Albany Law School will be closed today until 4pm due to the weather.
A familiar — and significant — face is back on campus.
Professor Patrick Connors, a leading authority on New York civil practice, has returned to Albany Law School after working the fall semester as a Visiting Scholar in Residence at Touro Law Center on Long Island.
While at Touro, Prof. Connors presented a number of New York Practice updates to audiences at the Suffolk County Bar Association and various law firms on Long Island and in New York City. This past November, he addressed a gathering of Appellate Division and Supreme Court Justices at the Institute on Complex Commercial Litigation, which was held at The Judicial Institute in White Plains, N.Y.
His lectures on developments in New York state law weren’t limited to downstate. Prof. Connors also presented in Cooperstown, Oswego, Lake Placid, and Saratoga Springs.
And as usual, Prof. Connors saw his scholarship cited in quite a few reported decisions — 75, to be exact, in 2015.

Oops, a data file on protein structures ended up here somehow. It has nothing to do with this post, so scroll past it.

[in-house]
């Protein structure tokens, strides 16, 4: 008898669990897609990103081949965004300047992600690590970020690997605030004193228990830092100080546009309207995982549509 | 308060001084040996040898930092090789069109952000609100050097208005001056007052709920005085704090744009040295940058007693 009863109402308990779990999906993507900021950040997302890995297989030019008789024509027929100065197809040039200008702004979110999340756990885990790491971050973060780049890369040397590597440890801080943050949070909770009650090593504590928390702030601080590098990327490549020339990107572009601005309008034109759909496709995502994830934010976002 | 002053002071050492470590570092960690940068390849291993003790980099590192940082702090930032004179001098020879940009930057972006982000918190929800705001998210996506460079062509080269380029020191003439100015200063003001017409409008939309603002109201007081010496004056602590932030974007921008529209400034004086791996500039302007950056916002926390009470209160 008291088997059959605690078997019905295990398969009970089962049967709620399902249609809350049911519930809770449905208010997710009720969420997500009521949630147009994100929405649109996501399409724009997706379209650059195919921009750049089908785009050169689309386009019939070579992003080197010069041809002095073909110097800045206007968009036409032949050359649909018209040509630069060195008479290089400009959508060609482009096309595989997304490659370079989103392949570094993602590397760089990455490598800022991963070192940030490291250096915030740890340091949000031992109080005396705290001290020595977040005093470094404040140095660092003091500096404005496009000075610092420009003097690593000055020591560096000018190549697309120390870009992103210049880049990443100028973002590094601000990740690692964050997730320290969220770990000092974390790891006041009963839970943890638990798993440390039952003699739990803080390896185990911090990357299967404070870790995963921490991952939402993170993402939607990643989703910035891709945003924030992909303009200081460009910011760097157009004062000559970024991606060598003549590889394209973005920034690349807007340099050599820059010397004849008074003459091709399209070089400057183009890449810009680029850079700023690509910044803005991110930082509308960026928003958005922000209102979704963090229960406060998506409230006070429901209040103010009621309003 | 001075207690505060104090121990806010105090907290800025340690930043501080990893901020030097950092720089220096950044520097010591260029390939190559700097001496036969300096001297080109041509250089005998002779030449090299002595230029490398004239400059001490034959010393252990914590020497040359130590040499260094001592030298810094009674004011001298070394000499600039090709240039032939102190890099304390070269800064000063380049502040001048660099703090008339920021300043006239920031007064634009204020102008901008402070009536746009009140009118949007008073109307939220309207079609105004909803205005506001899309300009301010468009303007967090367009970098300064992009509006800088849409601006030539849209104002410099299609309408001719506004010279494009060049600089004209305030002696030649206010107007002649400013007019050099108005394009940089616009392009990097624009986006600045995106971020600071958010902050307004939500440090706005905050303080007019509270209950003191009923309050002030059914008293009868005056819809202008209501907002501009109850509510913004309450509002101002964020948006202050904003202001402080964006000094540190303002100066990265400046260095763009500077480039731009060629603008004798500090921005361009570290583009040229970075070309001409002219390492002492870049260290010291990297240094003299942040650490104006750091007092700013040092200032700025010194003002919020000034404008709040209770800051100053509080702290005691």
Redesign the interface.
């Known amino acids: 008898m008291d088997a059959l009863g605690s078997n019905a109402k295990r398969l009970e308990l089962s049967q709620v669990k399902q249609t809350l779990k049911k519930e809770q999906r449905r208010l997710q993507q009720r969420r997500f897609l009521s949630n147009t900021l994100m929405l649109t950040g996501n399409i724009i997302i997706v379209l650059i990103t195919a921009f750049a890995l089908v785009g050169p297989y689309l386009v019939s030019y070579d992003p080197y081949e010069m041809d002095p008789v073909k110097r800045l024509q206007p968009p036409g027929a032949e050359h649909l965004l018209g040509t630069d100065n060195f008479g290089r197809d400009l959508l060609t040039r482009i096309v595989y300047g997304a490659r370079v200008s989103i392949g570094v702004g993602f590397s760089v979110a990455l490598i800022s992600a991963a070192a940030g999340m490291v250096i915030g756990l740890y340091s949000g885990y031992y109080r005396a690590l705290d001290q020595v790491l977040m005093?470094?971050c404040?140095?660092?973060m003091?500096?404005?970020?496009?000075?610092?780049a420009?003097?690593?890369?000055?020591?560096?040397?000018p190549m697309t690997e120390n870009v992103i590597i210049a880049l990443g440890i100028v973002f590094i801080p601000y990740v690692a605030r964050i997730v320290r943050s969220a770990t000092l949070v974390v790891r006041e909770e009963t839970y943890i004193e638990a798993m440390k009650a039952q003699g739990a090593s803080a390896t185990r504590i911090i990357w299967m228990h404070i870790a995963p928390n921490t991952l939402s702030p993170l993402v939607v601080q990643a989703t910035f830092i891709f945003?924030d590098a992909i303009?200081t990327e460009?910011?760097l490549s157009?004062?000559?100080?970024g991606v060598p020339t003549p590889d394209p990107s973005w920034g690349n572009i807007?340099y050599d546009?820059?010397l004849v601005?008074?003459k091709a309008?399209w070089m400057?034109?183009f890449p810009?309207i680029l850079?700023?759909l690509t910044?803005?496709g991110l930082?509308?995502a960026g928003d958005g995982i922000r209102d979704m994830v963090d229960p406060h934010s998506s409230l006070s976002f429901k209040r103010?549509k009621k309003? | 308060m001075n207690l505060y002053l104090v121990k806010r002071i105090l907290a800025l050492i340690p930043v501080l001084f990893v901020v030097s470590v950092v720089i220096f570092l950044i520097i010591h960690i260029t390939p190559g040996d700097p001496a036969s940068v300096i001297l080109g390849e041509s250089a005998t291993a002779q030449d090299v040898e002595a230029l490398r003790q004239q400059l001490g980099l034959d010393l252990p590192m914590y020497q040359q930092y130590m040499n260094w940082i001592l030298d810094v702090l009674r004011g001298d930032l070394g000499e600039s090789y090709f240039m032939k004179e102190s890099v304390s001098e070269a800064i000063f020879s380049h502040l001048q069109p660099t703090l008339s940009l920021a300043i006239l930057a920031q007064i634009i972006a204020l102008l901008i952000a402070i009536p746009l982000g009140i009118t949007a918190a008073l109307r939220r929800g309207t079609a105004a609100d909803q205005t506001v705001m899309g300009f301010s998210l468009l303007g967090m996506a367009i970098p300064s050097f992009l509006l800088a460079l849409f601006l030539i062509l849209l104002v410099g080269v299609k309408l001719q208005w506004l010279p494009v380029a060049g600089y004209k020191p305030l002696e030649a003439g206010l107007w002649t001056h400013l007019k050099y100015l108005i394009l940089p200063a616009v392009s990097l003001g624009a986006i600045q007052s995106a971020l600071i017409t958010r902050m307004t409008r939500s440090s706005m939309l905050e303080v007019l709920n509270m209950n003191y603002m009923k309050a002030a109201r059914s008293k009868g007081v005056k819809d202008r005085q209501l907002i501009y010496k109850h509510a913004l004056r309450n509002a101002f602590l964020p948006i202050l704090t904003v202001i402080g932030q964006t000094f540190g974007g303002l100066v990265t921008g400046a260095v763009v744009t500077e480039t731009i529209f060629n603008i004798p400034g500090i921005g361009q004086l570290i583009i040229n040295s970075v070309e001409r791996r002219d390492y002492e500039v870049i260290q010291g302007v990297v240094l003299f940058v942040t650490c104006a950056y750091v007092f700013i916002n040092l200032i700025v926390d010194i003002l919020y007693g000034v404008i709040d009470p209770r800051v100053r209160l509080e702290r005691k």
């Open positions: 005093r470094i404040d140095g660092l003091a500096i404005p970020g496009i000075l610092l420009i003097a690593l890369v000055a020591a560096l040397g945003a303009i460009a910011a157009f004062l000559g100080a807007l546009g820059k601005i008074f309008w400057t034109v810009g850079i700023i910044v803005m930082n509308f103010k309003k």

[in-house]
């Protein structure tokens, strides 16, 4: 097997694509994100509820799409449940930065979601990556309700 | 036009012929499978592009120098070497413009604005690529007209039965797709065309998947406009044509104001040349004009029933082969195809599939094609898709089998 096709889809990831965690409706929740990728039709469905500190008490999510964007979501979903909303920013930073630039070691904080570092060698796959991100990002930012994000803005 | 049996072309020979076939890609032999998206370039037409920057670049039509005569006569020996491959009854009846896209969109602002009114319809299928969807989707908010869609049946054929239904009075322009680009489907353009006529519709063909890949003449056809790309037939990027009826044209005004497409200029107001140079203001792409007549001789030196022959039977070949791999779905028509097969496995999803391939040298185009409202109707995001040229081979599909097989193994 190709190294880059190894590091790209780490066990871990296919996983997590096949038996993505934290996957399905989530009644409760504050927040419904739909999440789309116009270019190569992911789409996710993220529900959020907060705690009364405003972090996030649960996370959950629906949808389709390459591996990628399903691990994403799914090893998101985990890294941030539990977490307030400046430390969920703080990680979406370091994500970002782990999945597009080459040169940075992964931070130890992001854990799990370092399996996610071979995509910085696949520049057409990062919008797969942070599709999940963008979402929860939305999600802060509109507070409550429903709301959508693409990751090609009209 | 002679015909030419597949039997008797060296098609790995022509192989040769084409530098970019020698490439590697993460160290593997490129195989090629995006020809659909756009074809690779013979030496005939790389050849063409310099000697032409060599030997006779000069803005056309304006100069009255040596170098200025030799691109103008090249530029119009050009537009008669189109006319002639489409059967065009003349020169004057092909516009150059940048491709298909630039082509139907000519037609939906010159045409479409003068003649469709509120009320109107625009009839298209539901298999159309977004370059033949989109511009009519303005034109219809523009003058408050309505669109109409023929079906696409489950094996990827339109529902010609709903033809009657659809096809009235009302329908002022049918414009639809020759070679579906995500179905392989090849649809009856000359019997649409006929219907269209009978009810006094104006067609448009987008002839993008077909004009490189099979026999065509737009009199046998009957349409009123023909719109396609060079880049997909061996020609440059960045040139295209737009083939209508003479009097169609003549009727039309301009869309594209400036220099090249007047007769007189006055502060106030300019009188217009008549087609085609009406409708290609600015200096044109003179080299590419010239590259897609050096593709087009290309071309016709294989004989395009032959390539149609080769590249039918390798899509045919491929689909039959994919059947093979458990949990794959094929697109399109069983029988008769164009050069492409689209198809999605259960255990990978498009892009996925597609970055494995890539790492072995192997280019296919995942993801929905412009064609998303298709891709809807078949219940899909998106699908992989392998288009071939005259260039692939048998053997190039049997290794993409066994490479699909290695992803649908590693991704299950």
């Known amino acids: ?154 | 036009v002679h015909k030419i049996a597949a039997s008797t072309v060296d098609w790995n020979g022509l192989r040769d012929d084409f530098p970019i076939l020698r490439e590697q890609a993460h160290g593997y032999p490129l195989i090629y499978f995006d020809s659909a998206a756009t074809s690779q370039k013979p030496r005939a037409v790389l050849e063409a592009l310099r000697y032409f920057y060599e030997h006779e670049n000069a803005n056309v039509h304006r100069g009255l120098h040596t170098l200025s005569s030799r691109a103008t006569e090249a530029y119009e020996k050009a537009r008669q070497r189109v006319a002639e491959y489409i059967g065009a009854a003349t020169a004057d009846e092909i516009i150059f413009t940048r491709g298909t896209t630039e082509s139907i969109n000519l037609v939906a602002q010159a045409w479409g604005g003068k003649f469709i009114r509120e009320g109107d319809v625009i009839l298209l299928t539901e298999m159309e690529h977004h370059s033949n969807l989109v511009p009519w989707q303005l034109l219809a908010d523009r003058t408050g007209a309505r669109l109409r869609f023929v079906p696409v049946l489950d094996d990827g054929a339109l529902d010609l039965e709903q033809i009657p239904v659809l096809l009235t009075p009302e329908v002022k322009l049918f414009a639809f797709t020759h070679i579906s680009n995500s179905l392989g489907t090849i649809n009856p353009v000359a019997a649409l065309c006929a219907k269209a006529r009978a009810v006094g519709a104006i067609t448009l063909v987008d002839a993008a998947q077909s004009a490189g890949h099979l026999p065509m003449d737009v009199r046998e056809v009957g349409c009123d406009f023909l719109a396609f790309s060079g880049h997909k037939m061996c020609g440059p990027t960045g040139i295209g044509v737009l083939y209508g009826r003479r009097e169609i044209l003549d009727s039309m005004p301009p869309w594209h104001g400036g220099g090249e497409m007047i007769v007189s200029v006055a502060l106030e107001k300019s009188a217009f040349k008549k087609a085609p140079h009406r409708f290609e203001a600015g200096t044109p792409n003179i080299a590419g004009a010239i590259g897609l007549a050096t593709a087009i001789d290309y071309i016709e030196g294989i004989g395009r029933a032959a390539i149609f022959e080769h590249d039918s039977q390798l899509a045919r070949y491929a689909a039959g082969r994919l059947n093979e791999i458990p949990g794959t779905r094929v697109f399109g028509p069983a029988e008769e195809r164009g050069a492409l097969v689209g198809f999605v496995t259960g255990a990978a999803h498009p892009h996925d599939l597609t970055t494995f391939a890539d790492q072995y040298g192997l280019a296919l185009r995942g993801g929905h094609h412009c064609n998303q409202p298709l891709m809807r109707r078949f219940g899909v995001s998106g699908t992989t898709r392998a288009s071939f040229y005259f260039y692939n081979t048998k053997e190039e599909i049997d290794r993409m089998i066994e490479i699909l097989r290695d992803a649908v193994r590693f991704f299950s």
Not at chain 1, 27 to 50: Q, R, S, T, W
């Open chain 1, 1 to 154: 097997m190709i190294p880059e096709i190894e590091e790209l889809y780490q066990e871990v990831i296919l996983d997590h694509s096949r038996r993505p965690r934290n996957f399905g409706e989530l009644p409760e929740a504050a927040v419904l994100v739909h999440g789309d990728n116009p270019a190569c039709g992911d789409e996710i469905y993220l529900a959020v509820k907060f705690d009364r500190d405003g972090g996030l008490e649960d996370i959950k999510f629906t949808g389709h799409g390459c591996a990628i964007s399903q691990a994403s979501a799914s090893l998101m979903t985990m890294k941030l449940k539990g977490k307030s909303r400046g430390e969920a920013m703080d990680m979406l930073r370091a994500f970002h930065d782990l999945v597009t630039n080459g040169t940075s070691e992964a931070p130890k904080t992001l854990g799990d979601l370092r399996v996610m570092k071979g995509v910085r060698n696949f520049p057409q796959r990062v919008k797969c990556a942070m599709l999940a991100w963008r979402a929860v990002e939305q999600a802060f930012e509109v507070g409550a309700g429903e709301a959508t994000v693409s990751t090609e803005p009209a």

Among the cases:
— Faison v. Lewis, New York Court of Appeals
— Zeitlin v. New York Islanders Hockey Club, Nassau County Supreme Court
— Vera v. Republic of Cuba, U.S. District Court for the Southern District of New York
Prof. Connors recently published his 2016 update to the well-known treatise Siegel’s New York Practice. He also authored McKinney’s Practice Commentaries for CPLR Article 22, Stay, Motions, Orders and Mandates; CPLR Article 23, Subpoenas, CPLR Oaths and Affirmations; CPLR Article 30, Remedies and Pleadings and CPLR Article 31: Disclosure.
Prof. Connors — who received his B.A. from Georgetown University and his J.D. from St. John’s Law School — is author of the New York Practice column in the New York Law Journal and the paper’s annual Court of Appeals Roundup on New York Civil Practice. From 1992 through 2003, he was a reporter for the Committee on New York Pattern Jury Instructions, the panel of New York State Supreme Court Justices that drafts and oversees the frequent revisions of the standard jury charges in civil cases.
Currently, he serves as a member of the New York State Bar Association’s Committee on Professional Ethics and is chair of the Racing Fan Advisory Council to the New York State Gaming Commission.